Last week we touched on a few of the laws governing algorithm performance on computers. These laws talked a lot about the nature of computers, how they work and communicate with each other, and the impact that this interaction has on the performance of software. This week we are going to talk about a few of the laws that govern what is possible in the development of computer hardware.
The most well-known of these laws is Moore’s Law, which recently reached an end of its usefulness. In 1965, Gordon Moore, the co-founder and CEO of Intel, observed that the density of transistors on an integrated circuit doubled about every two years. There are several arguments that the usefulness of this in regards to computational power ended in 2001, but Intel as a leader in the processor industry argues that it is still in effect and improving computing hardware today. For a couple of reasons, I am in the group that believes Moore’s Law died in 2001. The first is that in 2001, we produced the fastest single core processor every created, and we have not gotten any faster. In fact, the single core speed is now about half as fast as what it was in 2001. The second is that starting in 2001, the speed benefit of smaller transistors went away; as they got smaller they also got slower, but Intel as well as other processor manufactures started putting more cores on a single chip. We now have processors with 40 or more cores in a chip, but the speed is around half the speed of the single core chips of the 1990s. It has been agreed that Moore’s Law no longer applies as transistors have reached sizes nearing the size of a single atom and can no longer get smaller, so Moore’s Law is in effect dead, but still worthy of mention.
Koomey’s Law is very similar to Moore’s Law but is related to the energy consumption of a processor. Jonathan Koomey observed that as the transistors got smaller, they were getting more energy efficient at an average rate of doubling in efficiency every 1.5 years, but the efficiency has fallen off as Moore’s law slowed, resulting in a current doubling of efficiency only every 2.6 years.
Dennard’s Law, referred to as Dennard Scaling, was an observation in 1974 by Robert H. Dennard and his colleagues. He was attempting to provide an explanation as to how processor manufacturers were able to increase the clock frequency, and thus the speed of the processor, without significantly increasing the power consumption. Dennard basically discovered that, “As transistors get smaller, their power density stays constant, so that the power use stays in proportion with area; both voltage and current scale downward with the length of the transistor.” Dennard scaling broke down in the 2005-2006 era as it was ignoring some key factors to the overall performance of the transistor. These factors include the leakage current, which is the amount of current loss across the gate of the transistor, and the threshold voltage, which is the minimum voltage necessary to open the transistor gate. This established a minimum power consumption per transistor, regardless of the size.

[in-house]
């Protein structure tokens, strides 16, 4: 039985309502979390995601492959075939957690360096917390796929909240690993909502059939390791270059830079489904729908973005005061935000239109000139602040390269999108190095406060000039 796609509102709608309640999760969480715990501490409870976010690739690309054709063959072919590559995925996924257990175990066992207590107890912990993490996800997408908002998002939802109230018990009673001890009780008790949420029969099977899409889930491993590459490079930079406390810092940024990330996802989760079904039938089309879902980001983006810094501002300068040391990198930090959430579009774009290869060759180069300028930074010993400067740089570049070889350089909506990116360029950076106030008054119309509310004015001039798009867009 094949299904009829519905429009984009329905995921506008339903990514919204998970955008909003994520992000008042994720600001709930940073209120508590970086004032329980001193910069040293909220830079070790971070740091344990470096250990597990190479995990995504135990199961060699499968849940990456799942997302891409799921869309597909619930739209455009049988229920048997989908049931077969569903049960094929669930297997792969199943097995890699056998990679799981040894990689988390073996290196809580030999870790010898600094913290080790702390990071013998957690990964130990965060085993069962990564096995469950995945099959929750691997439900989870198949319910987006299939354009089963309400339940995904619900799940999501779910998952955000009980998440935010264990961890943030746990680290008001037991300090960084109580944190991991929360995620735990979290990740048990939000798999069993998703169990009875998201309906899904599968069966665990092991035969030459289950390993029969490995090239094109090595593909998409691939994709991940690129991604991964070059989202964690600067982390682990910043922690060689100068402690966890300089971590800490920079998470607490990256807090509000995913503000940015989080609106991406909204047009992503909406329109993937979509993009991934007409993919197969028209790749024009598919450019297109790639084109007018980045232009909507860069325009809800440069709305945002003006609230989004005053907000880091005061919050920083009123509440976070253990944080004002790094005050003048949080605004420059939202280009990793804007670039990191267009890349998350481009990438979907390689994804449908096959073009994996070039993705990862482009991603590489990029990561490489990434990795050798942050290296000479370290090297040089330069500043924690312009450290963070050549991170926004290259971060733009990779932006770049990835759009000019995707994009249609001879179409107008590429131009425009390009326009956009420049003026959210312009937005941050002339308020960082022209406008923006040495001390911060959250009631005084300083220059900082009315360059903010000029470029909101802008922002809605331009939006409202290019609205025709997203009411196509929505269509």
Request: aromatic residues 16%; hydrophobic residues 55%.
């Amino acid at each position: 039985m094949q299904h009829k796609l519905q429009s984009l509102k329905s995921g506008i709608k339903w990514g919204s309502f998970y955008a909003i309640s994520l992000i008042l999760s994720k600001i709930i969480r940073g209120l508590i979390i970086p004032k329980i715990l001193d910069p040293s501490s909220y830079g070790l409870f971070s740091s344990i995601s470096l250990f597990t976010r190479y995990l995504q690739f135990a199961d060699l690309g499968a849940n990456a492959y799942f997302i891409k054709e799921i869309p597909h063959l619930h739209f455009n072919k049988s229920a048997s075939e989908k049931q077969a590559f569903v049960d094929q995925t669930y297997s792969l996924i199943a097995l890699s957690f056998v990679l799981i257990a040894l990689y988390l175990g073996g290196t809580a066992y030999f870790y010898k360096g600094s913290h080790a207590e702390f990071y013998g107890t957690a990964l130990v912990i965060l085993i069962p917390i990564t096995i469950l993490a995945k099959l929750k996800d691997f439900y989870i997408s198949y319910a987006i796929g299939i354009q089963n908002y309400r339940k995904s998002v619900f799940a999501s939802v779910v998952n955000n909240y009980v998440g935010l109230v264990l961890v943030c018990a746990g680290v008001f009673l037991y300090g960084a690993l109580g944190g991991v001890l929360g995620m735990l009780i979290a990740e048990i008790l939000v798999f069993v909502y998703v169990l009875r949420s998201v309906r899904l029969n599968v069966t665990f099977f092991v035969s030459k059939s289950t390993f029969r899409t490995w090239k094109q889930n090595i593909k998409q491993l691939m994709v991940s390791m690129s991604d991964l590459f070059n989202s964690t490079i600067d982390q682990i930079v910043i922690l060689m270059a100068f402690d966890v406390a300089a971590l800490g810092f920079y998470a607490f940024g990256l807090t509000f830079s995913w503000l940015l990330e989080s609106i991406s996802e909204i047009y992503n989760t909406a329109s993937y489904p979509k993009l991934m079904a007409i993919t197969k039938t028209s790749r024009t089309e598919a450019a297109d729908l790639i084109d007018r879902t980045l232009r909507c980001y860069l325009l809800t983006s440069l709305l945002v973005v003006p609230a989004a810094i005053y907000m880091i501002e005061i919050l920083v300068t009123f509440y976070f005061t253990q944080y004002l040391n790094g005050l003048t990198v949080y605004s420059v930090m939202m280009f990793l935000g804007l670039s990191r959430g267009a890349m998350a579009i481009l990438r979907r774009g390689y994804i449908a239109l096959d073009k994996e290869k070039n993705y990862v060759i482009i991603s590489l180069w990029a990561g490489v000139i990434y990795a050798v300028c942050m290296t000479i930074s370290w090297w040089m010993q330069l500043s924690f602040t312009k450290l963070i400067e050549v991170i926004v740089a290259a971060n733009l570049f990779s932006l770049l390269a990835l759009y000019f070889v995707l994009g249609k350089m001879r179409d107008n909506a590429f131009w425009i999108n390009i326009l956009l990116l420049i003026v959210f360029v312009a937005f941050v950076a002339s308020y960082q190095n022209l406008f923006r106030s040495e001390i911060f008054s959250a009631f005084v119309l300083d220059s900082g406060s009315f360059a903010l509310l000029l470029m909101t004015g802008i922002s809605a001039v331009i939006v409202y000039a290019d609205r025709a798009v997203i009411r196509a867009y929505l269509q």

Rock’s Law is an economic factor related to the cost of processor manufacturing, and probably one of the main reasons the scaling of Moore’s law was over years and not months. Arthur Rock, an investor in many early processor companies, observed that the cost of semiconductor fabrication plants doubles every four years. Rock’s Law is also known as Moore’s second law and is the economic flip side of Moore’s Law.
The last law I will talk about on computer processor design is Bell’s Law. In 1972, Gordon Bell observed that over time, low cost, general purpose computing architectures evolve, become mainstream, and eventually die out. You can see this from your cell phone; most people replace their cell phones every two years. However, his law was dealing with larger scale systems. For example, roughly every decade a new class of computers results in new usage and establishes new industry – the 1960s mainframes, 1970s minicomputers, 1980s personal computers, 1990s worldwide web, 2000s cloud computing, and 2010s handheld devices and wireless networks. Predictions indicate that the 2020s will be the decade of quantum computing.